The return of NASCAR racing to Rockingham this weekend is a joyous event, but a complicated one as well. The on-track product is going to well worth watching, and for the fans in the stand, seeing the Truck Series take to the worn asphalt and high banks of southern North Carolina a stone’s throw from the sport’s heart in Charlotte is going to be a welcome sight.
On the other hand, it’s a standalone Truck race, over a thousand miles away from Fort Worth, Texas, and the Cup Series. Like it or not, stock car racing’s focus is not going to be at home this weekend, but in the southwest. And though Sunday’s upcoming 200-miler is nothing short of a triumph for jack-of-all-trades owner Andy Hillenburg, there’s arguably a hollowness to this victory; the new centerpiece of Rockingham’s schedule is NASCAR’s AA.
With March 31st and the Kroger 250 at Martinsville just about a week and a half away, it’s time to start thinking Camping World Truck Series racing once again. But sadly, with just one race in the books, it’s almost impossible to have built any kind of momentum for the teams _or_ the fans. That’s exactly what I’m here for today, though. With so many changes across the board and last season’s champion Austin Dillon moving on to the Nationwide Series, there are plenty of drivers to keep an eye on as the season unfolds.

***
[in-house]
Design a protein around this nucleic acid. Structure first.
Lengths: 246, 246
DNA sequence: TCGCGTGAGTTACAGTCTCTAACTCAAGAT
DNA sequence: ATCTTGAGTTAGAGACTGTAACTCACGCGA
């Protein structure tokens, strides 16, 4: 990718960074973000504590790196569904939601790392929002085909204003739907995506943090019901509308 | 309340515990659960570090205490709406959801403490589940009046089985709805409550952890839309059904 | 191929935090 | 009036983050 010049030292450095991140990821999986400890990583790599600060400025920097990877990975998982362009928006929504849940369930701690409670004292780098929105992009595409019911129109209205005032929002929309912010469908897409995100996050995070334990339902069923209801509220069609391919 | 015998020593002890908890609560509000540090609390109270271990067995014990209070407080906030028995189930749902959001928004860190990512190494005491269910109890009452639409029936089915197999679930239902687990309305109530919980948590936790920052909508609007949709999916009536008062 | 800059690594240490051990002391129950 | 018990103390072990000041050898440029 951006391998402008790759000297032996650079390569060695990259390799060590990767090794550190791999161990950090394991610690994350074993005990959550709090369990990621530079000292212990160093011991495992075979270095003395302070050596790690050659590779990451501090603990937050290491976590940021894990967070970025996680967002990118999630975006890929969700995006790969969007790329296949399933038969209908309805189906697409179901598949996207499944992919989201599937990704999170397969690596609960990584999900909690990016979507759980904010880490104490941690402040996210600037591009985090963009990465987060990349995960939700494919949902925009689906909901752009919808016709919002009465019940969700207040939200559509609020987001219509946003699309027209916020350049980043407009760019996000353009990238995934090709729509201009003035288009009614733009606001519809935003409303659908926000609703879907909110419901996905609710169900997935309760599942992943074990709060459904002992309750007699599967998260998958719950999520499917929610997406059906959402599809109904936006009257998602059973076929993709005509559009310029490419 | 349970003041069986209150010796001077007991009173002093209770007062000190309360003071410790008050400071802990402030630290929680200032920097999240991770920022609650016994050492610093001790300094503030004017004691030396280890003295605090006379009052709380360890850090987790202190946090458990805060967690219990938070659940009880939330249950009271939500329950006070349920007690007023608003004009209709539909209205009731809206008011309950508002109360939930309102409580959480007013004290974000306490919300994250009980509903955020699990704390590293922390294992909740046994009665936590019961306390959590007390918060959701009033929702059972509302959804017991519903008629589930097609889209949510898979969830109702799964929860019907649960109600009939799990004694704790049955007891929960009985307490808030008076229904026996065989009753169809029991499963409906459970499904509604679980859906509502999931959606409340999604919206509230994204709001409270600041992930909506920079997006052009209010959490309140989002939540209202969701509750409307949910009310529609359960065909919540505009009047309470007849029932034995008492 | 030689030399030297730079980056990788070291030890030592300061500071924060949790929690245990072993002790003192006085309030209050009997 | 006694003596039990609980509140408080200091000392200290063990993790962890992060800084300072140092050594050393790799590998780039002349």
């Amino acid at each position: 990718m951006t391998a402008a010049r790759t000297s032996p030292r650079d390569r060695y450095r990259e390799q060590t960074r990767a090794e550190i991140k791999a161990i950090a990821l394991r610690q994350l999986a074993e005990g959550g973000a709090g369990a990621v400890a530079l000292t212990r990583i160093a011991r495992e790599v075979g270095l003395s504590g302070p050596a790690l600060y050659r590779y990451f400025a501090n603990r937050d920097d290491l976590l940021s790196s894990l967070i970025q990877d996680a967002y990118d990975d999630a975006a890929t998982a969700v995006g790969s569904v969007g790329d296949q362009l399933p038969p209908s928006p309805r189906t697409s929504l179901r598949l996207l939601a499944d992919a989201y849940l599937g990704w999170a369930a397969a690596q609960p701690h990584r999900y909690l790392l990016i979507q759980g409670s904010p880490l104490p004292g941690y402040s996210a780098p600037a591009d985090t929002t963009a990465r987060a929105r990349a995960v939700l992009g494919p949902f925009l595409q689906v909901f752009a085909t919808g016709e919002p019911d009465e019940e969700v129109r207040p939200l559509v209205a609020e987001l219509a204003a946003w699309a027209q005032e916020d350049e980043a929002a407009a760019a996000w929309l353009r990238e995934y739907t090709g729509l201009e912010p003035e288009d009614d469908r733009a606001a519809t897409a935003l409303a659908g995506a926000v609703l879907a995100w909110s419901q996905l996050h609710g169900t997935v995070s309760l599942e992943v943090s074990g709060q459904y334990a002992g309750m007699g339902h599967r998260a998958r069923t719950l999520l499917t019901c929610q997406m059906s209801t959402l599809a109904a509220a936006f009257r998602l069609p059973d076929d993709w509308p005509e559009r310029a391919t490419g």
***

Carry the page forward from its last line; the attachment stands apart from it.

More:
Though road course racing is no longer present on the Truck Series schedule, it used to be. From 1995 through 1998, the series visited Infineon Raceway and Heartland Park in Topeka, Kansas each season, and at least one road course was on the schedule through 2000. Beginning in 1999, drivers visited Portland International Raceway, a 1.967-mile course in Oregon, but that only lasted until the 2001 schedule came out, and since then road courses have been absent.
But is this type of track what the Truck Series needs?
It seems like it was yesterday when the Camping World Truck Series hit the track at Daytona International Speedway to open the 2011 season, but nine months and 24 races later, the season finale at Homestead-Miami Speedway is once again upon us. And while Austin Dillon needs only a 16th-place finish to clinch the championship regardless of what competitors James Buescher (20 points behind) and Johnny Sauter (28 points behind) do, that only begins to tell the story of what has been an entertaining season. From James Buescher and Ron Hornaday, Jr. each making unlikely runs at the championship to costly mistakes, there are plenty of reasons–both good and bad–to remember the 2010 season.